Newly elected Palestinian President Mahmoud Abbas will soon travel to Washington. Though his electoral victory wasn’t devoid of irregularities, it wasn’t the “landslide” it has sometimes been described as. Only a minority of those eligible to vote actually voted for him. But the very fact that he did not obtain the 99 percent customary in Arab states makes his victory more credible.
The sigh of relief at the disappearance of Yasser Arafat was audible around the world, including not a few Palestinians, but before long many people will ask: “Will the real Mahmoud Abbas please stand up!” In recent years Mr. Abbas had been at loggerheads with Mr. Arafat, coming out against the “armed” intifada — not apparently because he deemed the killing of innocent men, women and children wrong in principle — but because “it hurt the Palestinian cause in the eyes of the world.”
During his election campaign Mr. Abbas made conflicting statements — disclaiming terrorism on the one hand, praising its perpetrators on the other hand, calling Israel the “Zionist enemy.” Though such talk was attributed, especially by foreign observers, to campaign rhetoric — experience has shown that it is only that which Arab leaders say in Arabic to their own crowds that counts — not statements aimed at the foreign media.
Mr. Abbas’ own history with regard to terrorism is checkered. Not only was he one of the founders in 1964 (that is, before the Six Day War) of the Palestine Liberation Organization — an umbrella organization of the different Palestinian terrorist groups, including Fatah, his and Mr. Arafat’s home base — but he also played a part in the raid, 30 years ago, on the Ma’alot school in northern Israel, in which 26 school children were brutally murdered.
More worrying in the present context is that not only hasn’t there been even a moment’s lull in terrorist activity since his election, but over the weekend six Israeli civilians were murdered while moving supplies to the Palestinian population in the Gaza Strip — and by whom? By a group that included the so-called Al-Aqsa Martyrs, a branch of Mahmoud Abbas’ very own Fatah organization, led by people who a few days before had carried him on their shoulders in the West Bank city of Nablus. The terrorists were allowed to move unimpeded through areas controlled by Mr. Abbas’ security services.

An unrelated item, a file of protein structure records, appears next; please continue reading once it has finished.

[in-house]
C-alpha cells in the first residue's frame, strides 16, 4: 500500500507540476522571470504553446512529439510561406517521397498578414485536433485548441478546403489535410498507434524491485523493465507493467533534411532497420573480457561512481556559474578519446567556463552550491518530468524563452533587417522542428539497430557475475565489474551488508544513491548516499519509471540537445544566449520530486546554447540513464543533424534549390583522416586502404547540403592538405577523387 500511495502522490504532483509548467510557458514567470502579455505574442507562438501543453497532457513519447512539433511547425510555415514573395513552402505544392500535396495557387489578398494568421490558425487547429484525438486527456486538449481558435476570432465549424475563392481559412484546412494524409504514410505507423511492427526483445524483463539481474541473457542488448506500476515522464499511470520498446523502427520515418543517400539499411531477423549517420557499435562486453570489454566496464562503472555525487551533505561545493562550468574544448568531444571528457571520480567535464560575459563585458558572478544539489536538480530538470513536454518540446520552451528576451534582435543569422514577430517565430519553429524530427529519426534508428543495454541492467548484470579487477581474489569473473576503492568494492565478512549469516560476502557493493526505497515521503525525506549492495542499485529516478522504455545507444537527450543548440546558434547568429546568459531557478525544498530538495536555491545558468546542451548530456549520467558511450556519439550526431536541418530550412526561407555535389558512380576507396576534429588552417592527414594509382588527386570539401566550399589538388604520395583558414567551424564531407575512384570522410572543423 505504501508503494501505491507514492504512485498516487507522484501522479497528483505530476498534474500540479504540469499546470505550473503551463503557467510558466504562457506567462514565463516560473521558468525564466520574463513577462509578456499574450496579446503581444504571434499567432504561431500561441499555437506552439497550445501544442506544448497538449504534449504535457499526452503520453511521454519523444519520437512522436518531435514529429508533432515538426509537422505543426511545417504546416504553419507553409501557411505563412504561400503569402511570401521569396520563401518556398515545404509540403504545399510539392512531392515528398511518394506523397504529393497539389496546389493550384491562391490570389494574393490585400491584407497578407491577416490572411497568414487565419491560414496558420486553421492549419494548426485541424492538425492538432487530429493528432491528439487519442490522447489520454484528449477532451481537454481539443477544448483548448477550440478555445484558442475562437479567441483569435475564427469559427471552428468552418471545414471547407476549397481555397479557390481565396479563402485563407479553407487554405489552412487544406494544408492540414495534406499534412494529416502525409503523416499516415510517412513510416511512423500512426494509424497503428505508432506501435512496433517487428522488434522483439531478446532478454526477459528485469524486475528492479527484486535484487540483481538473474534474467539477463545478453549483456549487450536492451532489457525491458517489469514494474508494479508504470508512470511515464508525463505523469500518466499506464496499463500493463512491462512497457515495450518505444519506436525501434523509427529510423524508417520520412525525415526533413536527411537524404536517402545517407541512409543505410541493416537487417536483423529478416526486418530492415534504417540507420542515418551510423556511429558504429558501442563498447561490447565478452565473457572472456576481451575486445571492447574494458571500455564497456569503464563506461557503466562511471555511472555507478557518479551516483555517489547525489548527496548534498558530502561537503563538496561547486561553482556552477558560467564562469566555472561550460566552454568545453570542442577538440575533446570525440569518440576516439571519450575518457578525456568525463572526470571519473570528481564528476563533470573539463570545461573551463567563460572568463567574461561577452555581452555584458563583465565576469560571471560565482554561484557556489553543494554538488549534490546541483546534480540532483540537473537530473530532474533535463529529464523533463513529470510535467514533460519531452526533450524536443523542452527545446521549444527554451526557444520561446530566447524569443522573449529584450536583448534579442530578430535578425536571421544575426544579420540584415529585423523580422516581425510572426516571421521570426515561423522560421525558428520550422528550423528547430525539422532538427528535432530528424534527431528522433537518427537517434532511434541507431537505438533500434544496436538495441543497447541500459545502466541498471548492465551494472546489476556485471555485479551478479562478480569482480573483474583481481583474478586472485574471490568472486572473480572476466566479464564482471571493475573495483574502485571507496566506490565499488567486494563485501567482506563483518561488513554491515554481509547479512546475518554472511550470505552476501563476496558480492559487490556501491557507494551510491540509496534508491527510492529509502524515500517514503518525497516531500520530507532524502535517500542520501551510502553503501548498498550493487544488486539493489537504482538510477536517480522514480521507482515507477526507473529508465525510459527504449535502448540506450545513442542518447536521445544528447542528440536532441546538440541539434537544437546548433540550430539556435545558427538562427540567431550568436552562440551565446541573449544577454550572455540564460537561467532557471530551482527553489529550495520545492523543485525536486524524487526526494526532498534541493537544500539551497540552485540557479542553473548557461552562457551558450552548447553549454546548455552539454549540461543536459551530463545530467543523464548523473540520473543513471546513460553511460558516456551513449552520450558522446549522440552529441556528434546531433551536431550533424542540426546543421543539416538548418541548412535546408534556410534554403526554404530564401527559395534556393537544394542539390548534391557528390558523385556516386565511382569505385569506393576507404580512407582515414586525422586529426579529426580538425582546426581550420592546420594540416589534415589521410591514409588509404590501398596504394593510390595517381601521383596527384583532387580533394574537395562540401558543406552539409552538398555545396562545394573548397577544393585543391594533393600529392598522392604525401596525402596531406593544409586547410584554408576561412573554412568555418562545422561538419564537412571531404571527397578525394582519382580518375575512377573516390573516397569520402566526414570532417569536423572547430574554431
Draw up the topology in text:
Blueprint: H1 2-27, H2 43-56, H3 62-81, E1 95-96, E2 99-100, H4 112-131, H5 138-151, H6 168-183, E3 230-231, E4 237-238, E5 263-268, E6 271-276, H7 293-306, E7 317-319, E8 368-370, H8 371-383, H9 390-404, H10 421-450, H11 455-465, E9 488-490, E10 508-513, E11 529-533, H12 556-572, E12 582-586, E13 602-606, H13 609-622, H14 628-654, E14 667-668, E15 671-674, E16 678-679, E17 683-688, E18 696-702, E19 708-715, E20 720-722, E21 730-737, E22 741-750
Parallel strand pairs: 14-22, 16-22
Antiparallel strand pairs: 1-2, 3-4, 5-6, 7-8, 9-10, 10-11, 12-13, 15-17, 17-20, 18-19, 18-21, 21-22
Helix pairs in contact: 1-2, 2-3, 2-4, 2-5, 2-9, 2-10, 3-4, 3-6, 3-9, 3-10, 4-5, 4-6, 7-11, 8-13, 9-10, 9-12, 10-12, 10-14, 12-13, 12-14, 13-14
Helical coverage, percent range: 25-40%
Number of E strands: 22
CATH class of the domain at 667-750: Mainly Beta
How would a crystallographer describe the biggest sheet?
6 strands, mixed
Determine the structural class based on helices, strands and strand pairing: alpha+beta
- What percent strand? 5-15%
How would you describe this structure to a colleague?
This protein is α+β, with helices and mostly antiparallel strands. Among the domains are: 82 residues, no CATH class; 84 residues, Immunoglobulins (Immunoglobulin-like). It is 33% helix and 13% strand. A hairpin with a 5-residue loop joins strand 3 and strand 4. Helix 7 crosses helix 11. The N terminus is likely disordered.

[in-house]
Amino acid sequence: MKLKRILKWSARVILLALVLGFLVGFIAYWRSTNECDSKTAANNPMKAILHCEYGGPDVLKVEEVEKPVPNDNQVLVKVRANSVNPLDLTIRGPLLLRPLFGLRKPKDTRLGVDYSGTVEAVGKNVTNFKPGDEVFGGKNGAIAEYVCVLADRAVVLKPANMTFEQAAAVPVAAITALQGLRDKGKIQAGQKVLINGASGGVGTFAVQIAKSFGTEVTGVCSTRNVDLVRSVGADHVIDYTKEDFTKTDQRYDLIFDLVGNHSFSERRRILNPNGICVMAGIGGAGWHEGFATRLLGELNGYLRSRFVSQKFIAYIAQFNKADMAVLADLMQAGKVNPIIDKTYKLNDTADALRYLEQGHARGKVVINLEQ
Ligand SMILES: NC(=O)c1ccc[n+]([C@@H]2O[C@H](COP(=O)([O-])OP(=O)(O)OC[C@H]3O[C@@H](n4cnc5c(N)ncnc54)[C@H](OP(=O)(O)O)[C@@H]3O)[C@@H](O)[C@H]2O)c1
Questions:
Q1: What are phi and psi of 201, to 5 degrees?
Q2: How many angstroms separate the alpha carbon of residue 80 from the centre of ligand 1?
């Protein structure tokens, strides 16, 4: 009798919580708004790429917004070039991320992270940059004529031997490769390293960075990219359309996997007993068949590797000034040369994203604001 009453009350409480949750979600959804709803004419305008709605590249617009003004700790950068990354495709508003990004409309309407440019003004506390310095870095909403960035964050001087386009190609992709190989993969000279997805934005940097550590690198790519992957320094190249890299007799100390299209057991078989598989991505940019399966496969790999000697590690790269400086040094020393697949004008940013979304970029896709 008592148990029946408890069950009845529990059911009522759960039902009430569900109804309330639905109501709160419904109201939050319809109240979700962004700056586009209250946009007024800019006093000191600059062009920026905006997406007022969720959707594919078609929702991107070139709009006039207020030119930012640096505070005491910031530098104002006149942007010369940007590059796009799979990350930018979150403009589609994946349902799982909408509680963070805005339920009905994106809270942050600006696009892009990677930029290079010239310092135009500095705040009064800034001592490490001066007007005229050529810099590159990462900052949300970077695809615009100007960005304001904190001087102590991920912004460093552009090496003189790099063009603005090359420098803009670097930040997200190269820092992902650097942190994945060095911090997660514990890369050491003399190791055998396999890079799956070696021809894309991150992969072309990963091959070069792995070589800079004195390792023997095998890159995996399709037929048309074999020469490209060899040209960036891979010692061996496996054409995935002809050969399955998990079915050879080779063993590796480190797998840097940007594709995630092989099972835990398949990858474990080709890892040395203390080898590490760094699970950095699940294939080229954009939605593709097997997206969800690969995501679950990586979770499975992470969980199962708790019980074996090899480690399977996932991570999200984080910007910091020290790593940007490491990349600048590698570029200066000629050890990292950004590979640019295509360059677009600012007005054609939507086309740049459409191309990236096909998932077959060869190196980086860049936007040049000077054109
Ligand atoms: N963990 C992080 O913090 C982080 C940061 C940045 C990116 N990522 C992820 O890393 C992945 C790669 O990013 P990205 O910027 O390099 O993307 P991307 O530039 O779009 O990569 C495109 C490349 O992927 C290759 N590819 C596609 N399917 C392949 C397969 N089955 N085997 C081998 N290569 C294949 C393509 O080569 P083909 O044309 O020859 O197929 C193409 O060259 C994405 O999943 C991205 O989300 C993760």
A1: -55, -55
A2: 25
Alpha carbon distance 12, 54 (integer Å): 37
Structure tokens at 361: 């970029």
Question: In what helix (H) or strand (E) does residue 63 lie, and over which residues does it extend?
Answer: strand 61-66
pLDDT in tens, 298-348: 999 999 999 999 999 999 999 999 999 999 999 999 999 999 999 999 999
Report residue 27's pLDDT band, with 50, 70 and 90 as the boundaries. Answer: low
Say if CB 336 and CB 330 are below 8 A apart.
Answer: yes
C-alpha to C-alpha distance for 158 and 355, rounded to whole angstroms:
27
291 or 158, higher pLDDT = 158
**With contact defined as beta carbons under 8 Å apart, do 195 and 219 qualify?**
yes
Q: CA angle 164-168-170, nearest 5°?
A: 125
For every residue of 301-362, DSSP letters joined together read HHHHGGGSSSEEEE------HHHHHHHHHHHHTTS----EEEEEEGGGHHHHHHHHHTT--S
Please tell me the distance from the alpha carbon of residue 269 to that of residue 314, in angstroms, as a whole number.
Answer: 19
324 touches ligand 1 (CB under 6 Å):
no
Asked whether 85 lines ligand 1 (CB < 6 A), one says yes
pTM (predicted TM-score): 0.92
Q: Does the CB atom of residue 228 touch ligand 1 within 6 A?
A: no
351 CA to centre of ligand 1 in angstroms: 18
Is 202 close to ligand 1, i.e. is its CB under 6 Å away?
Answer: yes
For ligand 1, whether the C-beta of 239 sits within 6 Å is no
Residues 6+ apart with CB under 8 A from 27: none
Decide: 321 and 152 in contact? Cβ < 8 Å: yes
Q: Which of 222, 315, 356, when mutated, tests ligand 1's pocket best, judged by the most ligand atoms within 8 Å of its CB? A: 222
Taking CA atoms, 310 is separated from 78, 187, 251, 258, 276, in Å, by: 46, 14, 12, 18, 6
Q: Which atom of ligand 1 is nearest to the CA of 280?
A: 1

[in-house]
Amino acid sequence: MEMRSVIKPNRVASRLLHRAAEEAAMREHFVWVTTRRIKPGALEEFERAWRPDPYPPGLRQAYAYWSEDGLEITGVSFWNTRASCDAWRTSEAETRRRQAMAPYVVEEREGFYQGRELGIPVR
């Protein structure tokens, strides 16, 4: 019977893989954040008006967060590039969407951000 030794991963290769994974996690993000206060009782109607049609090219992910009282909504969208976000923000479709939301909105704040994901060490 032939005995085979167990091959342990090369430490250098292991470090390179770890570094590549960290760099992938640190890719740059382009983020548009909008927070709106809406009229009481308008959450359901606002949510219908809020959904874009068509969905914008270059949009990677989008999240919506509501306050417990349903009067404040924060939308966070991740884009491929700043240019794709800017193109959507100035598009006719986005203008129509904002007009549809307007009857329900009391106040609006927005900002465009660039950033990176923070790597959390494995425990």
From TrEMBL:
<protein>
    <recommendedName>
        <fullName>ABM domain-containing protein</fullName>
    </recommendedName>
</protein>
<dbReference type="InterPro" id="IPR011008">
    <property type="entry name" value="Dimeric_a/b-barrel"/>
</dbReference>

Was he directly involved in this outrage? Of course not (though he took his time before, somewhat half-heartedly, condemning it). But one may legitimately ask: Is it that he just doesn’t have the authority to stop the ongoing terror, or is he continuing Mr. Arafat’s double-game — talking peace on the one hand and tolerating (in Mr. Arafat’s case, often instigating) terror on the other hand? He has said that he would seek to “persuade” the Palestinian factions to halt attacks. Will it thus be Arafatism without Arafat? OK, many will say: “So Mr. Abbas isn’t exactly a knight in shining armor, but he is surely better than Yasser Arafat (who isn’t?). That’s what you got.”
True, he may indeed be more pragmatic, but this doesn’t mean that his ultimate aims are different from those of Mr. Arafat. Mr. Abbas is on record that he would not consent to any compromise going beyond what Yasser Arafat had rejected at Camp David with then-President Clinton and Israel’s then-Prime Minister Ehud Barak — that is, compromise on the so-called right of return of Palestinian refugees, compromise on Jerusalem or compromise on the future borders. Thus, French Foreign Minister Michel Barnier is wrong if he believes, or pretends to believe, that this is the moment to proceed straight toward final-status talks between Israel and the Palestinians.
In fact, this would be a sure-fire recipe for once again derailing the prospects for peace. Over-reaching, as with the ill-fated Oslo agreements, once again means not reaching anything.
The only game in town is still President Bush’s road map for peace in the Middle East and Israeli Prime Minister Ariel Sharon’s disengagement plan. Everything now depends on Mr. Abbas understanding that the burden of proof rests squarely on his shoulders: Without stopping terrorism, without wide-ranging reforms, including financial reforms — nothing will be gained. His first step should be to deploy his 30,000-strong security force in the areas from which rockets are being fired at Israel on a daily basis. One may assume that this will also be the clear message that the new Palestinian president will hear from his hosts when he comes to Washington: Cooperate with Israel in implementing disengagement — and the United States will support you. But only if it feels certain that you are genuinely committed to do what you have promised.
Zalman Shoval is a former Israeli ambassador to the United States and a senior adviser to Prime Minister Ariel Sharon.